"Stop making Stupid Mistakes" by Richard Rusczyk is just one of the articles available at www.ArtofProblemSolving.com . He suggests techniques that seem obvious, but not using them often gets students in trouble. Even if a student knows how to do the math problem, lack of organization or clarity can easily cause a mistaken answer that could have been easily prevented. Here's a quick synopsis:
1) Read the question–this should be easy. But often a student will complicate the question with expectations and assume a fact or circumstance that really isn't there.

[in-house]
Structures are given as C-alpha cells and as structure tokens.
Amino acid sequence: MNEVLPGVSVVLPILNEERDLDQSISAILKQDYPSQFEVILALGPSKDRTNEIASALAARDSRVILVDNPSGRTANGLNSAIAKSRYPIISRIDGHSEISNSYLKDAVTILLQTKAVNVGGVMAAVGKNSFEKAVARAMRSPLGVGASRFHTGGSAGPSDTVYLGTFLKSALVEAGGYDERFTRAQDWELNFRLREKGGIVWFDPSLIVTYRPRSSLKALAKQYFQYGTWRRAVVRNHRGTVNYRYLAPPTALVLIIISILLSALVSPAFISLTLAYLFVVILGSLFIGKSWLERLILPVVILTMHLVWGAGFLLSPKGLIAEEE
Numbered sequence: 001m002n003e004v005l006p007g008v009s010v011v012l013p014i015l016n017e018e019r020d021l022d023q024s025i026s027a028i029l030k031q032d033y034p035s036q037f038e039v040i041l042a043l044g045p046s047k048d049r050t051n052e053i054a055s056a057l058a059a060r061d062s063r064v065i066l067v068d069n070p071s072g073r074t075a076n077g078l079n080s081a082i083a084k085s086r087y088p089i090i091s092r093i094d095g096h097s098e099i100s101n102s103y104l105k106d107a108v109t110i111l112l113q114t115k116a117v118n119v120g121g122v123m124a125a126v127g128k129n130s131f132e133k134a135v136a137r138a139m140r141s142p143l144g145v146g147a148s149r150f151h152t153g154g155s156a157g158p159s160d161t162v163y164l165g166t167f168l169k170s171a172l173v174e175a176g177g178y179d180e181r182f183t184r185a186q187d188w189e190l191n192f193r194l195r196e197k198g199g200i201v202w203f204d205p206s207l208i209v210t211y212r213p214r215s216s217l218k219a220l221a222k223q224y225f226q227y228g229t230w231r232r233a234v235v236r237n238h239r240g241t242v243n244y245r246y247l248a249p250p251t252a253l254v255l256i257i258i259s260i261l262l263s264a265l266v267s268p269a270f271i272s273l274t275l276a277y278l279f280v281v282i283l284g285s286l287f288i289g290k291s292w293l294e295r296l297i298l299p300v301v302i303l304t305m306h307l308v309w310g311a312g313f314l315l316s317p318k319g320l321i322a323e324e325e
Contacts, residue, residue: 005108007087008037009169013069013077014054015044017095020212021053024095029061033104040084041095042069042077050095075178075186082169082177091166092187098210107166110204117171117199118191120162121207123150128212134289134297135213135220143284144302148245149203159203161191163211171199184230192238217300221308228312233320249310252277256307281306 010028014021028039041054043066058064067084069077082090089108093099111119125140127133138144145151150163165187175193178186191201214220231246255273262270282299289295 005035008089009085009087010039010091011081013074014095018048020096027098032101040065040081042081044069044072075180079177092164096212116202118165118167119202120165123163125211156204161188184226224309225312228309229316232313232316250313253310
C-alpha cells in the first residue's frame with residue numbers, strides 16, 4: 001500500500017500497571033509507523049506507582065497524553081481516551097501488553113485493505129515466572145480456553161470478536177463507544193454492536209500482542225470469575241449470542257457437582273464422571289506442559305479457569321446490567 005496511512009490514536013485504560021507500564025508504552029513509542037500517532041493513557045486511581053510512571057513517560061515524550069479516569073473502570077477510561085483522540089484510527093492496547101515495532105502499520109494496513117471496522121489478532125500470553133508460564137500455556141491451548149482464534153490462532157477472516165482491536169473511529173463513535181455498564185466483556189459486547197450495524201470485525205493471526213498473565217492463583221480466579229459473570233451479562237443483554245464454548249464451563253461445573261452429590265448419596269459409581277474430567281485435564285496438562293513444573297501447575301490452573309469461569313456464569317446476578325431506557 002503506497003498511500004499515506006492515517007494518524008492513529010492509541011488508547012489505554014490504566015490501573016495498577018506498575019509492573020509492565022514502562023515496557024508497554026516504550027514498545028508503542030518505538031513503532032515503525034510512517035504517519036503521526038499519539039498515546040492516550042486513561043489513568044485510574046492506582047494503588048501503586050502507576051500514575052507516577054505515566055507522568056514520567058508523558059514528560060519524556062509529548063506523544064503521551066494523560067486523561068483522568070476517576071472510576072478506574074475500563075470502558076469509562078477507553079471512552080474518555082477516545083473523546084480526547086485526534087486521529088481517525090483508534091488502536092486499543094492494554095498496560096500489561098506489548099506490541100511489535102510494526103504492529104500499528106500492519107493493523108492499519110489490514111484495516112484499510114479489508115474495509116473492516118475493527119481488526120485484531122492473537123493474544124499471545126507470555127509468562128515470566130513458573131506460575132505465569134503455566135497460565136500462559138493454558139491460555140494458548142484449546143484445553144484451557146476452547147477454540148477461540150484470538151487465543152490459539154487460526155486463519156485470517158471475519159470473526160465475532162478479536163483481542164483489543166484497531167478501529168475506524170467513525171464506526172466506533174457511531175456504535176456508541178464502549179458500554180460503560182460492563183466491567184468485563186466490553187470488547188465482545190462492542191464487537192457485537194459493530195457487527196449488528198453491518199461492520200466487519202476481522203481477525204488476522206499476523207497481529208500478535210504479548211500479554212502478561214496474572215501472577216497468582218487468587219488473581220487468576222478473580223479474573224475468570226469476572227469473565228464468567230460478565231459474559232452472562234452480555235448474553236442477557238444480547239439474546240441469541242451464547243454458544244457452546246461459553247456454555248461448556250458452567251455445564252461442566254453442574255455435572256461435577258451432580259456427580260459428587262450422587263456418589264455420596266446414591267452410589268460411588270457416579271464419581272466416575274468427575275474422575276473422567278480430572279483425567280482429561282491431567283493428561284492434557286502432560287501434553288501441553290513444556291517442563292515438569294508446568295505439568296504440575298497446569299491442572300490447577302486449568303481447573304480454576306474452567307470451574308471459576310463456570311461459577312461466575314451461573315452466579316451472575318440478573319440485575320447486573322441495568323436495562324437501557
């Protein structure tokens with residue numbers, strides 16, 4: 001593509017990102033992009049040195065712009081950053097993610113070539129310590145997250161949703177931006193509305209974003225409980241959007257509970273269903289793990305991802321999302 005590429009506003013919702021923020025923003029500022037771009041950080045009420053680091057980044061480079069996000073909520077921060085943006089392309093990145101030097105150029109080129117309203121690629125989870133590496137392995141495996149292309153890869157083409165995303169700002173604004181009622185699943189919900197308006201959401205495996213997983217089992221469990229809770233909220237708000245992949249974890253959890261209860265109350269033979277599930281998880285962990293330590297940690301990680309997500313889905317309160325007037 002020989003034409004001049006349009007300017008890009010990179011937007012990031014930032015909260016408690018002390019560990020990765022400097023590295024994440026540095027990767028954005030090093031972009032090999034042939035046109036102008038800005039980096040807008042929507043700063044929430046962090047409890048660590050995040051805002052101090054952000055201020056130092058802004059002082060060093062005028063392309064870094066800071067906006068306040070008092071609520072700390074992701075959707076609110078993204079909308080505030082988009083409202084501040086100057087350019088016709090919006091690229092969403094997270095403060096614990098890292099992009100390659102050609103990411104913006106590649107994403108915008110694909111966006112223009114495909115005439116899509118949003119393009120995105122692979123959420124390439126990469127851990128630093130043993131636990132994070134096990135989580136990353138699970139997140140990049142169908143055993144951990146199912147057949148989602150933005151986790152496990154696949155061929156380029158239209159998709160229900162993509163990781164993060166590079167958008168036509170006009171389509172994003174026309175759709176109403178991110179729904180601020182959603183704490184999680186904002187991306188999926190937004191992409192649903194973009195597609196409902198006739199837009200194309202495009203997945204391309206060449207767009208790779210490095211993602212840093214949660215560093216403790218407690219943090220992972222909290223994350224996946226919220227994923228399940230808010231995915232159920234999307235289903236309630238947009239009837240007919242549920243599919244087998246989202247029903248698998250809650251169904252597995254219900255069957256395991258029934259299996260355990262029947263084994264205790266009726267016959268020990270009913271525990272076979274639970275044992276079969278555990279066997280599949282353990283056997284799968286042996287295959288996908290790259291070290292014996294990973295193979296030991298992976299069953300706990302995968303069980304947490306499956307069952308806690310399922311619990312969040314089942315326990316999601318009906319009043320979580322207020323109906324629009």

2) Write clearly–so you can easily read your own notes and math processes. In the hurry of the moment, chicken scratches can be misinterpreted and an error in calculation can cause a missed answer. Boo!
3) Organize your work–if your scratch paper is congested with confusing formulas and numbers, it may be difficult to find where you were in the problem-solving process. An organized scratch paper can help you return to the problem and confirm your accuracy or your errors…keep it neat!
4) Be aware of your time–budget your time so that you won't spend too much time on one answer and miss the opportunity to answer others that may be easy for you.
For more details (and some useful graphic examples), read the rest of the article at "Stop Making Stupid Mistakes" And while you're there, look at some of the other really helpful resource information and articles. GREAT SITE!